The impact of the 2013 internet management decree, which introduced vaguely-worded content restrictions and sought to increase companies’ liability for implementing them, has yet to be seen. While its implications are potentially far-reaching, however, it was just the latest in a series of decrees that heavily restrict political commentary and instill self-censorship in an otherwise diverse and lively blogging community. What’s more, while content limits are nothing new in Vietnam, online content was increasingly subject to manipulation in the past year, and officials acknowledged paying commentators for the first time, a sign that information authorities are diversifying their tactics for controlling popular discourse.
While the Vietnamese government has fewer resources to devote to online content control than its counterpart in China, the authorities have nonetheless established an effective and increasingly sophisticated content-filtering system. Censorship is implemented by ISPs rather than at the backbone or international gateway level. No real-time filtering based on keywords or deep-packet inspection has been documented. Instead, specific URLs are identified in advance as targets for censorship and placed on blacklists; ISPs are legally required to block them or lose their license. Some users report being notified that a censored site has been deliberately blocked, while others receive a vague error message saying the browser was unable to locate the website’s server.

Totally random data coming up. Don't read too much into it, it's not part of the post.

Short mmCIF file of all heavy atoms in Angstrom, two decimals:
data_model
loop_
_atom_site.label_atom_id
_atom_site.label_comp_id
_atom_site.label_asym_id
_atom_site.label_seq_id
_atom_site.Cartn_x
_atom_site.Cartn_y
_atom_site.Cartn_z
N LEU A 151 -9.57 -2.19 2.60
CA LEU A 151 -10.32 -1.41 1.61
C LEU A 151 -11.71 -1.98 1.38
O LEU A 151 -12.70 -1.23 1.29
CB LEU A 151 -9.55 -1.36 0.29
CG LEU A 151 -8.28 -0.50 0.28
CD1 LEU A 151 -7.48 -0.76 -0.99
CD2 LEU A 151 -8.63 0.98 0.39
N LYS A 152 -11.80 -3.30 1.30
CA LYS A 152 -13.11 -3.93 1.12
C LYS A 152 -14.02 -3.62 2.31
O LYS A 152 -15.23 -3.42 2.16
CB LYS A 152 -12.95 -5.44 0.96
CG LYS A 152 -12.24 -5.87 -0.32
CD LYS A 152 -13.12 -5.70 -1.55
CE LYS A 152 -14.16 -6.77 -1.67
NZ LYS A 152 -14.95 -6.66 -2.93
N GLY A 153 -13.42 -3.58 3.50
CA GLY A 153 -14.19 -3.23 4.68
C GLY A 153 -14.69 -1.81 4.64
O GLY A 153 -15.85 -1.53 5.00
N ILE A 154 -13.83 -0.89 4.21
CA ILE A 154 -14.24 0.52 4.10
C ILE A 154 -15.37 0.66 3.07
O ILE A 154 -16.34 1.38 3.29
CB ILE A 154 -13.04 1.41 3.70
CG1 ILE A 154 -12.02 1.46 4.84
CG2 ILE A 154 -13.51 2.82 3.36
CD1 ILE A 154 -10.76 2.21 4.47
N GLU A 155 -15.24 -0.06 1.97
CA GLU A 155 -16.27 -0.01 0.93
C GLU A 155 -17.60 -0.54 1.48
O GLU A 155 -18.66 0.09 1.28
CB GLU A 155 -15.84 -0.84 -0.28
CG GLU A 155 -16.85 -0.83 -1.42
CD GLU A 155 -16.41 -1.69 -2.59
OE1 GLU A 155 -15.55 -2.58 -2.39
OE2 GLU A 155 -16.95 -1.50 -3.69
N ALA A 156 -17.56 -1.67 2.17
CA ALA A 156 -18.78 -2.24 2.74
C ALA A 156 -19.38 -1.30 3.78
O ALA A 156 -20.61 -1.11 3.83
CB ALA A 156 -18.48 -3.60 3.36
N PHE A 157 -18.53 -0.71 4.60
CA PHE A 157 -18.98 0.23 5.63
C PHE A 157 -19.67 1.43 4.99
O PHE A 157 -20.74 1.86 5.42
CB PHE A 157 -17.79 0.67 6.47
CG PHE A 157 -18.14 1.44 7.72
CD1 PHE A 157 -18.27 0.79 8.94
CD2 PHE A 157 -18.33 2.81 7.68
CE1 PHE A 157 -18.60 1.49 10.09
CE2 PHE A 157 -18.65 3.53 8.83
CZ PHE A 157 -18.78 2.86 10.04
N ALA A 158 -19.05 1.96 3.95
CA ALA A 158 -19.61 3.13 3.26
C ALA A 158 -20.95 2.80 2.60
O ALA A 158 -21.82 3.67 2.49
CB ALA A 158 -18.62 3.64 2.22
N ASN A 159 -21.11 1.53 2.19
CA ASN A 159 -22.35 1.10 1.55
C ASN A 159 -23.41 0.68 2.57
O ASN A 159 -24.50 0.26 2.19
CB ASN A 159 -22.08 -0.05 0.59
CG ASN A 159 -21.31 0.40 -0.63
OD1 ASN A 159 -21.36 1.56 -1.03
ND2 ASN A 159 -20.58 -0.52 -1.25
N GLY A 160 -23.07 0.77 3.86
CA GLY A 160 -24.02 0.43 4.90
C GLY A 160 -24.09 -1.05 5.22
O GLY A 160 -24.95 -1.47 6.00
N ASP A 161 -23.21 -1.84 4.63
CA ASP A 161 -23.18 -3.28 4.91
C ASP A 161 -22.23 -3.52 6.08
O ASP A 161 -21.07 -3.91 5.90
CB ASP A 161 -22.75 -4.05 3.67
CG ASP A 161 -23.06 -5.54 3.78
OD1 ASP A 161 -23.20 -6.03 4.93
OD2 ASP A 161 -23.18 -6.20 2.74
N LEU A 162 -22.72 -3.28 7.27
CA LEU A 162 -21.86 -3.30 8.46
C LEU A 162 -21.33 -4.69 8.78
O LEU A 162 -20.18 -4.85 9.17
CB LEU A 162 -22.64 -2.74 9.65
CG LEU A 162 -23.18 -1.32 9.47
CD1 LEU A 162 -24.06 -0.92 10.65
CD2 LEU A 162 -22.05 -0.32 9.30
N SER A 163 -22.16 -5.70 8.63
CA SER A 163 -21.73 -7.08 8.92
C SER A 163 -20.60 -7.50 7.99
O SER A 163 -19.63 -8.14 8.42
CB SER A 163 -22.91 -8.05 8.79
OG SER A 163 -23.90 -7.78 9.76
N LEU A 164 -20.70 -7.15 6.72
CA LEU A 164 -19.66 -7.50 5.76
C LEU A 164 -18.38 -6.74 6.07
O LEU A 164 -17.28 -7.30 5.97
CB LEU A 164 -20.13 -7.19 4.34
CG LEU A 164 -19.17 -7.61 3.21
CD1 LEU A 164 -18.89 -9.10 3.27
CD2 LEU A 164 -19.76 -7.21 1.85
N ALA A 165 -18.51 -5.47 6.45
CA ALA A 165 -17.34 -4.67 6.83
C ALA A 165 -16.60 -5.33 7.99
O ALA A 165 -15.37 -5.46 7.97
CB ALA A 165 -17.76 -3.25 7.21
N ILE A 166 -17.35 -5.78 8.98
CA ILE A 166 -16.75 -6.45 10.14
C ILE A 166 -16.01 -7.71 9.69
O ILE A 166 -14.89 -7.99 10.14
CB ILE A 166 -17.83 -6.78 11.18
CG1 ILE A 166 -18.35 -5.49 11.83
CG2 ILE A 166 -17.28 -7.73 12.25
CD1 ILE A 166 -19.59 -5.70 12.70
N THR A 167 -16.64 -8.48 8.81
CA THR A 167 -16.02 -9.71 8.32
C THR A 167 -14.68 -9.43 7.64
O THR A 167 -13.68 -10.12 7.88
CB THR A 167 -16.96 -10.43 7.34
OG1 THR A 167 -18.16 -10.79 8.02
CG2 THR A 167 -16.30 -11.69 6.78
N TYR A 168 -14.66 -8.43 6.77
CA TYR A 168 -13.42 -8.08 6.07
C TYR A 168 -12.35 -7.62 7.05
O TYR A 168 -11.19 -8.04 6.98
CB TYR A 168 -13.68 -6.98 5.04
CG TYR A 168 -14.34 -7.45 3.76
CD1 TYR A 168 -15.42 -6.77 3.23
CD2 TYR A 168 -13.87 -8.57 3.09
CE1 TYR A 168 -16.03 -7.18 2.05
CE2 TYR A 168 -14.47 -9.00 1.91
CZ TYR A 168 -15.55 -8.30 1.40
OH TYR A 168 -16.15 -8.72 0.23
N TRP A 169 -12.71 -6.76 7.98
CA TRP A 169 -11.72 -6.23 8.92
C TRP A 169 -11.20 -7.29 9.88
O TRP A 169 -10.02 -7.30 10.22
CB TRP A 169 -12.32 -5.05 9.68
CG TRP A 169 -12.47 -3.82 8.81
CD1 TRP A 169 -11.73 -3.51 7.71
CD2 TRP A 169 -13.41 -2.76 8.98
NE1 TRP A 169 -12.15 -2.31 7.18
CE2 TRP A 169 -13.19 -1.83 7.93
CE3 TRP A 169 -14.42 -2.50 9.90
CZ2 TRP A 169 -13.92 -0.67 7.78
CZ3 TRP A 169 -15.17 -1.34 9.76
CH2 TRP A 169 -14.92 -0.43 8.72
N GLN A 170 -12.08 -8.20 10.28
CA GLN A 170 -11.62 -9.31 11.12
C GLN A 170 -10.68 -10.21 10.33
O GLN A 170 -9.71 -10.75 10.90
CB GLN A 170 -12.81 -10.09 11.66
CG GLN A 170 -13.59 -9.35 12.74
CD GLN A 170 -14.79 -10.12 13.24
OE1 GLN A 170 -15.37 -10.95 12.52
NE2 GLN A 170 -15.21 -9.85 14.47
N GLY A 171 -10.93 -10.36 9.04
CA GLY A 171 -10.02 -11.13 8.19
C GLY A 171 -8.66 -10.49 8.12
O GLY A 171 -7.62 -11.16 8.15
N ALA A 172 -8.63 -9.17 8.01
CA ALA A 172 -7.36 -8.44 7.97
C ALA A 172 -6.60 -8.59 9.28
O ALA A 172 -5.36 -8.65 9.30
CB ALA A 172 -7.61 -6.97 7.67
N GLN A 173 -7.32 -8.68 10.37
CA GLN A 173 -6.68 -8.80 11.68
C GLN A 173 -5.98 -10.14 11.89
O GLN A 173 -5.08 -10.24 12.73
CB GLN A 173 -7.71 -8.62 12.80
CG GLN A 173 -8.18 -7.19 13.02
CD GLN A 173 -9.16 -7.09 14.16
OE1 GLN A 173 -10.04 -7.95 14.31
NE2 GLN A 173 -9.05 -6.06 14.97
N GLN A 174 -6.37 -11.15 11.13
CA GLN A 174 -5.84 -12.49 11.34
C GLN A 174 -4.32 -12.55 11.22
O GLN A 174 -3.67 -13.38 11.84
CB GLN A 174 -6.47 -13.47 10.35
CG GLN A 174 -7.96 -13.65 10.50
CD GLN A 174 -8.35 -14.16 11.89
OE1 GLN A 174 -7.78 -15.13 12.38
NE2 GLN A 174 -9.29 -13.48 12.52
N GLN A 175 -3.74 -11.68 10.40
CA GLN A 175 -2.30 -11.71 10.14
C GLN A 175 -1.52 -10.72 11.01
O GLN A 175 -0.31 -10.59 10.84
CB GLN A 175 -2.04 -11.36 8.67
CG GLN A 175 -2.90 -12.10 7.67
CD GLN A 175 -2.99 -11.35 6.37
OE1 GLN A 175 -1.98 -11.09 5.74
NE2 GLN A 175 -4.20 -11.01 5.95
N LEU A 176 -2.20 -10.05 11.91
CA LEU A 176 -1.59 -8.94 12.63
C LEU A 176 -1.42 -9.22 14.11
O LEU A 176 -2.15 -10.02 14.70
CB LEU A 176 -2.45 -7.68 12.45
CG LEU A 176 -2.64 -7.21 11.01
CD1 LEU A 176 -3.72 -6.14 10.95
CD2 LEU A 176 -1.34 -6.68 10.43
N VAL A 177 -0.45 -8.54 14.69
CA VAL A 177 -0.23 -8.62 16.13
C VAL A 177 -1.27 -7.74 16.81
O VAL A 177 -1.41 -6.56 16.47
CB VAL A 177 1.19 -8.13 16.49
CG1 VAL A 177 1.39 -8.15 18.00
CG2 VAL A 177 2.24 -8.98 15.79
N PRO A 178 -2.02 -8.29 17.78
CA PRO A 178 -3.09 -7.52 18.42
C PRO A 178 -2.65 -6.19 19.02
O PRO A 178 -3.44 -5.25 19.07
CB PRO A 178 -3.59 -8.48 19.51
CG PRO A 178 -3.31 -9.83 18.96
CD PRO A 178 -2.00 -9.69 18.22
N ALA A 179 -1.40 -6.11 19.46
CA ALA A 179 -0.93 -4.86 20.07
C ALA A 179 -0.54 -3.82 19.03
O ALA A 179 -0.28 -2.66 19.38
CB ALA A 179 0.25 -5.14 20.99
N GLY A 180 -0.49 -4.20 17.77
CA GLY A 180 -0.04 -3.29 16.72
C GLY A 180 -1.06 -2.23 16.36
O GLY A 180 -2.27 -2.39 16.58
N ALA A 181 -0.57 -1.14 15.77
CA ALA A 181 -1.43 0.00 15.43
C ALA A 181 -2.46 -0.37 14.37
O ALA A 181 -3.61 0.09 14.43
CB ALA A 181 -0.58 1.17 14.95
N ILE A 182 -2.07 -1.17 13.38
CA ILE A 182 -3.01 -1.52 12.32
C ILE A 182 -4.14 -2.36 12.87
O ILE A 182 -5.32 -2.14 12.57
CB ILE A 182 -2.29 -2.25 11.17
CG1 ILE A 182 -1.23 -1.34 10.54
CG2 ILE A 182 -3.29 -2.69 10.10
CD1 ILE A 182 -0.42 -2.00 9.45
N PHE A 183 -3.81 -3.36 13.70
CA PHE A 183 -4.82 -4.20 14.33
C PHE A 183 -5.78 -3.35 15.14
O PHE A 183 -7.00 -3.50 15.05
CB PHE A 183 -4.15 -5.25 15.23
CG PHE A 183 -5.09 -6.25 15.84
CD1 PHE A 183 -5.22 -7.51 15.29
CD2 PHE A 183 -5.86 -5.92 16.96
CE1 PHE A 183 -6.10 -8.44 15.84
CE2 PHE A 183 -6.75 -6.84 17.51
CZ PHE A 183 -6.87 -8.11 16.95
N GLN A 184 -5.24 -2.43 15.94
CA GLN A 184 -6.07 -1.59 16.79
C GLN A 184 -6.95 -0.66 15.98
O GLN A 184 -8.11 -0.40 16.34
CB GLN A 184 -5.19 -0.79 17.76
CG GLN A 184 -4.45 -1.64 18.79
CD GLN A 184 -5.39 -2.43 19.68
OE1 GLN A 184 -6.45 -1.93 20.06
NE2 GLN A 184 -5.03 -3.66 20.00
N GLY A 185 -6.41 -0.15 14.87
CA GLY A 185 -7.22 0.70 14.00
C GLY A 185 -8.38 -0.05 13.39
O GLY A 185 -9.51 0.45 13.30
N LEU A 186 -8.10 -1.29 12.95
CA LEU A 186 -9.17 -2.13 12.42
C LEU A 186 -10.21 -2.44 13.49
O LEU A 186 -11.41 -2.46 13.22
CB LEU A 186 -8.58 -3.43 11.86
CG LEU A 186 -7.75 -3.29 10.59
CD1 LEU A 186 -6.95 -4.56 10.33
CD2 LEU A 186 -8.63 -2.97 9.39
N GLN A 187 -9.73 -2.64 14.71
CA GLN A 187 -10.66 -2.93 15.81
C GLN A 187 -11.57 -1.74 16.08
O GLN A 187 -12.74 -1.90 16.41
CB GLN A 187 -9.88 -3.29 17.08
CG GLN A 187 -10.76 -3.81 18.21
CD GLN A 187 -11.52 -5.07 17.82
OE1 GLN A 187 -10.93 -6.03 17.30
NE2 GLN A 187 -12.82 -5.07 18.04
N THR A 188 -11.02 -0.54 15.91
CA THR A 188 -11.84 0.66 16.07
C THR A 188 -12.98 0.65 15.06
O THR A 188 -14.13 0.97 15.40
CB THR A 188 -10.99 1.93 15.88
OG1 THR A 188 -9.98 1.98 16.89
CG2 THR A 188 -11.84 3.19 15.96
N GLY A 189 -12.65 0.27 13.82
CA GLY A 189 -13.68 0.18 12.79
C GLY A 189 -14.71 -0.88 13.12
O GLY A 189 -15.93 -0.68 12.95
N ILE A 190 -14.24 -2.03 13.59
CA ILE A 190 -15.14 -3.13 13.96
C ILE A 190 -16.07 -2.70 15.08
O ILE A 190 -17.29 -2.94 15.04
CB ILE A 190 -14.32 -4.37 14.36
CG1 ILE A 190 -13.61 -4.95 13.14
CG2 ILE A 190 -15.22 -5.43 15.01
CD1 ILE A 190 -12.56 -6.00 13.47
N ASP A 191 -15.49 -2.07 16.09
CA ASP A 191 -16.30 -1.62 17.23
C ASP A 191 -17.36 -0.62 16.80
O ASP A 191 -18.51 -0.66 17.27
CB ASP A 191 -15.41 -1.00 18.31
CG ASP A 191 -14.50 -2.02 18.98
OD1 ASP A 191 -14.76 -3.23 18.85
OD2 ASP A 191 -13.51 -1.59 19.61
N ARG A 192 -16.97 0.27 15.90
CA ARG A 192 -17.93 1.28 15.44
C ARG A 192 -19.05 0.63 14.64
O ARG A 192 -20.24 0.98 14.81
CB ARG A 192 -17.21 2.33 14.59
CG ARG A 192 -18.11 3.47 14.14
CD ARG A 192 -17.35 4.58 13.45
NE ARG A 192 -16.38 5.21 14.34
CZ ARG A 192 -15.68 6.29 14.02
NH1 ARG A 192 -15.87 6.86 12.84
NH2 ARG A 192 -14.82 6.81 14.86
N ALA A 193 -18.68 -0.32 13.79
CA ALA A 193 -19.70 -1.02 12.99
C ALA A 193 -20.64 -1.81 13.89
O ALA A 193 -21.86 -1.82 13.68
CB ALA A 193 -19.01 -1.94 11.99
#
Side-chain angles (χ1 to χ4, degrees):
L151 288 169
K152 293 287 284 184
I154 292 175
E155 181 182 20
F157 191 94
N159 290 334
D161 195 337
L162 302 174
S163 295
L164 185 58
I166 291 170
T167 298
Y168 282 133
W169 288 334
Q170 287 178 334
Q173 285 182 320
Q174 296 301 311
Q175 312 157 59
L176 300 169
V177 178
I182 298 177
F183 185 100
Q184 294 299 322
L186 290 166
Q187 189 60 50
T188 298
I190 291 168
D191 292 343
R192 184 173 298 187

Censorship ostensibly limits sexually explicit content. In practice, however, it primarily targets topics with the potential to threaten the VCP’s political power, including political dissent, human rights and democracy. Websites criticizing the government’s reaction to border and sea disputes between China and Vietnam are subject to blocking. Content promoting organized Buddhism, Roman Catholicism, and the Cao Dai religious group is blocked to a lesser but still significant degree. Vietnamese sites critical of the government are generally inaccessible, whether they are hosted overseas, such as Talawas, Dan Luan, and Dan Chim Viet, or domestically, like Dan Lam Bao and Anh Ba Sam.
Censors largely focus on Vietnamese-language content, so the New York Times and Human Rights Watch websites are accessible, while the U.S.-funded Radio Free Asia’s Vietnamese-language site is not; BBC websites are accessible in English but not Vietnamese. Blocking is not consistent across ISPs. A 2012 OpenNet Initiative test of 1,446 sites found Viettel blocked 160 URLs, while FPT blocked 121, and VNPT only 77. There is no avenue for managers of blocked websites to appeal censorship decisions.
The unpredictable and nontransparent ways in which topics become forbidden make it difficult for users to know where exactly the “red lines” lie, and many self-censor. Bloggers and forum administrators commonly disable commenting functions to prevent controversial discussions.